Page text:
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Mexico Poised to Join the North American Energy Boom


In what will likely be looked back on as a watershed moment for Mexico, Mexican President Enrique Peña Nieto unveiled his promised reforms to the country’s state-owned oil and gas monopoly yesterday, reforms that could have Mexico joining the North American energy revolution. The bill, which is expected to get the two-thirds majority it needs to pass, is both a baby step and a leap forward for Mexico.

Shrewdly, Peña isn’t going so far as to allow foreign companies to own any Mexican oil—that would be too drastic a change for a country that celebrates the day its oil was nationalized as a national holiday. Instead, the bill will amend Mexico’s constitution to allow the state to enter in to profit-sharing contracts with foreign oil firms. Oil majors would rather own the oil they’re drilling, but are eager enough to expand into a new market that they’re already giving the proposed reforms their stamp of approval.

Allowing Pemex to enter in to joint-venture projects with foreign firms adept at deep-water drilling and shale fracking could bring the beleaguered firm some much-needed technical expertise. Foreign firms were instrumental in launching the American shale boom; Mexico can benefit greatly by following suit.

Mexico has the world’s eighth-largest shale oil reserves, and the sixth-largest shale gas reserves, but Pemex, the country’s state-owned oil firm, has stagnated recently: production has fallen by a whopping 23 percent over the past nine years, despite the hiring of an additional 22,000 employees.

So why has Pemex struggled? First, the government treats the monopoly as a piggy-bank, deriving roughly a third of its annual budget from Pemex’s coffers. Second, the company is run by bureaucrats, rather than by technocrats or businessmen. Combine that with a lack of technical expertise in drilling unconventional oil and gas (which comprise roughly half of Mexico’s reserves) and you’ve got yourself into a Red Queen’s race, running faster and faster just to stay in place. Peña Nieto’s reforms are the first step toward resolving these issues.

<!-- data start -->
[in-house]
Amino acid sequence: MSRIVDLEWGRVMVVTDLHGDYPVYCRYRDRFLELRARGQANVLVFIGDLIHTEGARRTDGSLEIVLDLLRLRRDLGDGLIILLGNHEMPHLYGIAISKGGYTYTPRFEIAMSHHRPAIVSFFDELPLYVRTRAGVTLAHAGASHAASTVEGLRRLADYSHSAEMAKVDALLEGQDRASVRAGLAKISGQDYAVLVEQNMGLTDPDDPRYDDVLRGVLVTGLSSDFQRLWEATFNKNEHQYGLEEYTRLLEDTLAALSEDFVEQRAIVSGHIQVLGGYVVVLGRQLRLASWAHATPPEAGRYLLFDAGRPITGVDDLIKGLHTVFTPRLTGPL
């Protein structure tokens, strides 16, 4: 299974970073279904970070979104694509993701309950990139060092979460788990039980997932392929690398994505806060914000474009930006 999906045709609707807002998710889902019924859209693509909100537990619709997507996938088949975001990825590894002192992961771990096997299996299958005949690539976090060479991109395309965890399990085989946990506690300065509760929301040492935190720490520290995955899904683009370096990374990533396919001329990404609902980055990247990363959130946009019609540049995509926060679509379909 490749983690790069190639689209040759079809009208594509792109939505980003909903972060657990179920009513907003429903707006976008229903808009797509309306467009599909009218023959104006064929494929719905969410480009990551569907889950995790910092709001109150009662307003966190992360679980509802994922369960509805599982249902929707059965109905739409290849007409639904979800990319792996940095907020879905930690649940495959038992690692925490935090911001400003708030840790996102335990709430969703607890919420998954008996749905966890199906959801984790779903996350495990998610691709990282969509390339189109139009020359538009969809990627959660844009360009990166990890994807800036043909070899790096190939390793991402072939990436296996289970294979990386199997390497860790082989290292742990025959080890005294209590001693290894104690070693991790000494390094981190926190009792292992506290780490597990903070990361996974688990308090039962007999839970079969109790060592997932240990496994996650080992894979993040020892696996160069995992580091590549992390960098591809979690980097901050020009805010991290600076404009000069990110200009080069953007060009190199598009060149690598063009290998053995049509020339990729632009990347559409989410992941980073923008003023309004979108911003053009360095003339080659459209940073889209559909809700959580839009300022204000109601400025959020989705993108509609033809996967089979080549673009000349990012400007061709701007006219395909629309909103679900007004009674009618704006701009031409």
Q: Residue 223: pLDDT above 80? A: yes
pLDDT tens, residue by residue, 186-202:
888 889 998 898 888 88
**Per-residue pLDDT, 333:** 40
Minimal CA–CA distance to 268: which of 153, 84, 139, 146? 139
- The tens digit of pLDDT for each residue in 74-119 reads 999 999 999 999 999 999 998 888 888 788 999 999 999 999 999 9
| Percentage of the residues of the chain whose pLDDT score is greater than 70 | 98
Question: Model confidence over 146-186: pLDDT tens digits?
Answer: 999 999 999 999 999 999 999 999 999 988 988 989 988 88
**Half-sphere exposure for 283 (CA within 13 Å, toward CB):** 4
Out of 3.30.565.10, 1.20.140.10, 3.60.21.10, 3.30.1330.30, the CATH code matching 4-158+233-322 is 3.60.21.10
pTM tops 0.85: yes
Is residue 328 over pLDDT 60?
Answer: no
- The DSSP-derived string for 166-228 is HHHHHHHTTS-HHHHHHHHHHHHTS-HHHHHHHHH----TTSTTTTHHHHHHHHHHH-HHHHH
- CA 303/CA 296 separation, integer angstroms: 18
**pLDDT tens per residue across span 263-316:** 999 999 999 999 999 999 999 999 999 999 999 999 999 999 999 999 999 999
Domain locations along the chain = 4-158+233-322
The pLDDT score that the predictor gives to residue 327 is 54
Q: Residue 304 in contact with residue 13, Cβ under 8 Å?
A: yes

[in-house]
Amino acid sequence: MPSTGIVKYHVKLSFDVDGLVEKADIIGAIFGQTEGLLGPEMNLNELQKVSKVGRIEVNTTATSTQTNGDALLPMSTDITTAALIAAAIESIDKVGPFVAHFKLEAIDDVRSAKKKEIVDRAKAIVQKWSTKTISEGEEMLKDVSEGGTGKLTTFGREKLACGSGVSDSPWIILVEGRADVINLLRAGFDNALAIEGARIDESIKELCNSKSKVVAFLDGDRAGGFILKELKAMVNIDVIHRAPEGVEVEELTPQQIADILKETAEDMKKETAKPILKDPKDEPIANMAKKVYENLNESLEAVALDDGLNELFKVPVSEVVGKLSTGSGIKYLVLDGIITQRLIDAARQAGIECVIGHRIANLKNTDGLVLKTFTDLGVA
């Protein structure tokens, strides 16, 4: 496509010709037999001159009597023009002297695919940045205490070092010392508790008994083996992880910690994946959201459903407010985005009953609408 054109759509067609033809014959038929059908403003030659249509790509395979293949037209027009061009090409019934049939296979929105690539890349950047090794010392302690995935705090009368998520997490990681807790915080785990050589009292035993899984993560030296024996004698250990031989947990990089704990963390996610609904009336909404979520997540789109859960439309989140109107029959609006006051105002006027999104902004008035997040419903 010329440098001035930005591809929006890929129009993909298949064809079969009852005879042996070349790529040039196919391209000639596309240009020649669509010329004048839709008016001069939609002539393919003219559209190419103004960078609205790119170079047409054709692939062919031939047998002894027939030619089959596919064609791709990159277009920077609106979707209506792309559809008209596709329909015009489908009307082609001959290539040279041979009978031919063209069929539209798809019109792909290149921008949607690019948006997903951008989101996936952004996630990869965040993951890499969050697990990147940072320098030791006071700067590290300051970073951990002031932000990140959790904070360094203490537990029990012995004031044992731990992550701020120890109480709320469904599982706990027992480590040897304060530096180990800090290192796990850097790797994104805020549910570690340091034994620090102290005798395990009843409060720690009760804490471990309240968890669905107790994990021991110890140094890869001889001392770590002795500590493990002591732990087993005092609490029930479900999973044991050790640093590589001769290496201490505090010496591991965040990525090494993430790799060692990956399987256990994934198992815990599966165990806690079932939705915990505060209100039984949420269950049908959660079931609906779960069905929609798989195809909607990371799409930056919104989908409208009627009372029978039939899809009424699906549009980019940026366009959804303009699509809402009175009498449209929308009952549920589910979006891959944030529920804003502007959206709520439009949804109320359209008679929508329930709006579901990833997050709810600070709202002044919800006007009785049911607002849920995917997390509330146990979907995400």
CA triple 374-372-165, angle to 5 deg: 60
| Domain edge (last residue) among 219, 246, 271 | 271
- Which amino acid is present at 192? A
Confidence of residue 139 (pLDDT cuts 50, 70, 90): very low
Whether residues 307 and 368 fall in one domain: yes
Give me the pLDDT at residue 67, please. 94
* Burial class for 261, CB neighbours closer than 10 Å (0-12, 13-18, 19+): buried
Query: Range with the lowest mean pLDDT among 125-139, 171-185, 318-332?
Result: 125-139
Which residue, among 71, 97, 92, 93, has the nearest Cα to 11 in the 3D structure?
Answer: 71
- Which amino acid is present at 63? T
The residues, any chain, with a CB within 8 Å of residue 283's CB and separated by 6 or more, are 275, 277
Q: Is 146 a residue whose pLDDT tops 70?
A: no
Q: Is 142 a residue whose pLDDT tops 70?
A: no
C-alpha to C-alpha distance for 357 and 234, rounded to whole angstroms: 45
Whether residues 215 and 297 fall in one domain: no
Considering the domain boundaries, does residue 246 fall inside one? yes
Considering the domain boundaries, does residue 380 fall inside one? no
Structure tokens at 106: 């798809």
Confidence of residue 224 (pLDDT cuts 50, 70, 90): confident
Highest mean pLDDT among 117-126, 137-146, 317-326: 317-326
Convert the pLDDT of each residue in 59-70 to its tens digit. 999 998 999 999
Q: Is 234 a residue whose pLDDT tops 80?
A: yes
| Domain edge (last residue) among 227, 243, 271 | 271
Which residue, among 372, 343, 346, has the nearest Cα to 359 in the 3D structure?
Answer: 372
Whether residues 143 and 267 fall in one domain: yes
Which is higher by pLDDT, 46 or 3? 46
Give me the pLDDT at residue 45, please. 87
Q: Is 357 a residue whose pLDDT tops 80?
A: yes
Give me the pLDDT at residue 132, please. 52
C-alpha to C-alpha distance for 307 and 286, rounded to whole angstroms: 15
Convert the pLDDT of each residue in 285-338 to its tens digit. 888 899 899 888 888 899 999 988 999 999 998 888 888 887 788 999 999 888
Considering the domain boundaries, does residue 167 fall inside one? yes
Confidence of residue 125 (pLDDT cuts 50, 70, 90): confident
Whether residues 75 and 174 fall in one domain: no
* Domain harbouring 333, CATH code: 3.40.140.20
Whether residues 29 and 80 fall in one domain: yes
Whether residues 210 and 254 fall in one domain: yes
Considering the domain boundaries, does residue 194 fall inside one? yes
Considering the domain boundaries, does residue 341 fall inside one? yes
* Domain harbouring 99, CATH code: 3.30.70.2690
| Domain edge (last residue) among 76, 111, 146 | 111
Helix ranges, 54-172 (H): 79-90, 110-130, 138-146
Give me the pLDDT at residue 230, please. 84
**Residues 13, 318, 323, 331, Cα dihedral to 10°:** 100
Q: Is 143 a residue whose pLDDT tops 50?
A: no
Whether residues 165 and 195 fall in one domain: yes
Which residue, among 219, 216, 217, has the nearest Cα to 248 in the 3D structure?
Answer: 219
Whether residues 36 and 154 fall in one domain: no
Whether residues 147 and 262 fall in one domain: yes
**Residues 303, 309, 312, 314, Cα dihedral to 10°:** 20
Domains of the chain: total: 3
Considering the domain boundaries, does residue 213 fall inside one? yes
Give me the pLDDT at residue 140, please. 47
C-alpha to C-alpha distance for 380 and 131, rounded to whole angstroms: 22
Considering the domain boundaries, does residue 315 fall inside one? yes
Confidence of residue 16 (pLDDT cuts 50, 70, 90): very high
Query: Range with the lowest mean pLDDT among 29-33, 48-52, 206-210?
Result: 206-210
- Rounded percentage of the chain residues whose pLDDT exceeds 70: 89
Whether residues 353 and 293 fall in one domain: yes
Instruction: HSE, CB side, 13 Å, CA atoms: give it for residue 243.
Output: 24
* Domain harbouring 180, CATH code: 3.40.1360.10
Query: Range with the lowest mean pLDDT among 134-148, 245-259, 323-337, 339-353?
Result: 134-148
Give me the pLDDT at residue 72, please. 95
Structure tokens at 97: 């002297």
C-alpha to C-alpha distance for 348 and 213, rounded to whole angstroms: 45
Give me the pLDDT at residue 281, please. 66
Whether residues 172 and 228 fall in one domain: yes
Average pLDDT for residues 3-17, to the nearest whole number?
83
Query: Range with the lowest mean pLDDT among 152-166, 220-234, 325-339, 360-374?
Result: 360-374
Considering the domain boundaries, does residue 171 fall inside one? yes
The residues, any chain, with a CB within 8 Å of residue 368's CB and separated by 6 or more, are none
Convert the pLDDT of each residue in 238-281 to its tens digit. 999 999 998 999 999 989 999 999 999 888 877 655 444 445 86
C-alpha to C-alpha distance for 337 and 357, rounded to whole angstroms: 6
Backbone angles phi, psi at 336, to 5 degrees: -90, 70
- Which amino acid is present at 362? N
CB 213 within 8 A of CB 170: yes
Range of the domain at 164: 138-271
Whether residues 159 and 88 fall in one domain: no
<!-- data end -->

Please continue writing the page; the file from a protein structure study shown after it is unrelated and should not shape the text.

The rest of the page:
There’s a lot more reason for optimism in Mexico than the mainstream media might lead you to believe. If Peña can pull off reforms to the country’s energy sector, as he did with its education system, Mexico can make strides toward its stated goal of becoming the “new Middle East.” An abundance of cheap domestic energy can in turn help fuel a manufacturing revival. A stronger, more unified, more energy-independent North America will be a force to be reckoned with in the 21st century.

[Image of President Nieto at 2010 WEF courtesy of Wikipedia]

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  • Jacksonian_Libertarian

    “Oil majors would rather own the oil they’re drilling, but are eager enough to expand into a new market that they’re already giving the proposed reforms their stamp of approval.”

    Mexico is going to have to pay a pretty penny if they are going to get put to the front of the line in the face of much better oil shale opportunities all over the world. Pemex is one of the worst managed and corrupt companies in the world, and any company that does business with them had better demand their money upfront and in full.

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